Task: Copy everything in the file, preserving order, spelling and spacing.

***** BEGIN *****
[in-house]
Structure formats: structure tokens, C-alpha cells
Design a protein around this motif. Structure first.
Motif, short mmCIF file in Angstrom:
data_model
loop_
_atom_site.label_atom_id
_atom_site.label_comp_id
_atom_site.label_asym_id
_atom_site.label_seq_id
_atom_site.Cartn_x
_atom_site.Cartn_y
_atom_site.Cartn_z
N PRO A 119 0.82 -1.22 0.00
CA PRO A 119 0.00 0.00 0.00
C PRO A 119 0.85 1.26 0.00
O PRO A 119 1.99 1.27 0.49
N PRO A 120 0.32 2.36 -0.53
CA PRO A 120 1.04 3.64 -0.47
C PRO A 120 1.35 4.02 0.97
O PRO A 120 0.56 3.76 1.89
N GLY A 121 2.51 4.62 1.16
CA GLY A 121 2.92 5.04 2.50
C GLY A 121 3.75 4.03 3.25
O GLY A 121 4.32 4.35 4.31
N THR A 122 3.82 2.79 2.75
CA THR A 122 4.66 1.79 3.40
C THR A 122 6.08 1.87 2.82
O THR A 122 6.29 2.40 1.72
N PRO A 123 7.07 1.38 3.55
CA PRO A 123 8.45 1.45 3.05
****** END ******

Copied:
[in-house]
Structure formats: structure tokens, C-alpha cells
Design a protein around this motif. Structure first.
Motif, short mmCIF file in Angstrom:
data_model
loop_
_atom_site.label_atom_id
_atom_site.label_comp_id
_atom_site.label_asym_id
_atom_site.label_seq_id
_atom_site.Cartn_x
_atom_site.Cartn_y
_atom_site.Cartn_z
N PRO A 119 0.82 -1.22 0.00
CA PRO A 119 0.00 0.00 0.00
C PRO A 119 0.85 1.26 0.00
O PRO A 119 1.99 1.27 0.49
N PRO A 120 0.32 2.36 -0.53
CA PRO A 120 1.04 3.64 -0.47
C PRO A 120 1.35 4.02 0.97
O PRO A 120 0.56 3.76 1.89
N GLY A 121 2.51 4.62 1.16
CA GLY A 121 2.92 5.04 2.50
C GLY A 121 3.75 4.03 3.25
O GLY A 121 4.32 4.35 4.31
N THR A 122 3.82 2.79 2.75
CA THR A 122 4.66 1.79 3.40
C THR A 122 6.08 1.87 2.82
O THR A 122 6.29 2.40 1.72
N PRO A 123 7.07 1.38 3.55
CA PRO A 123 8.45 1.45 3.05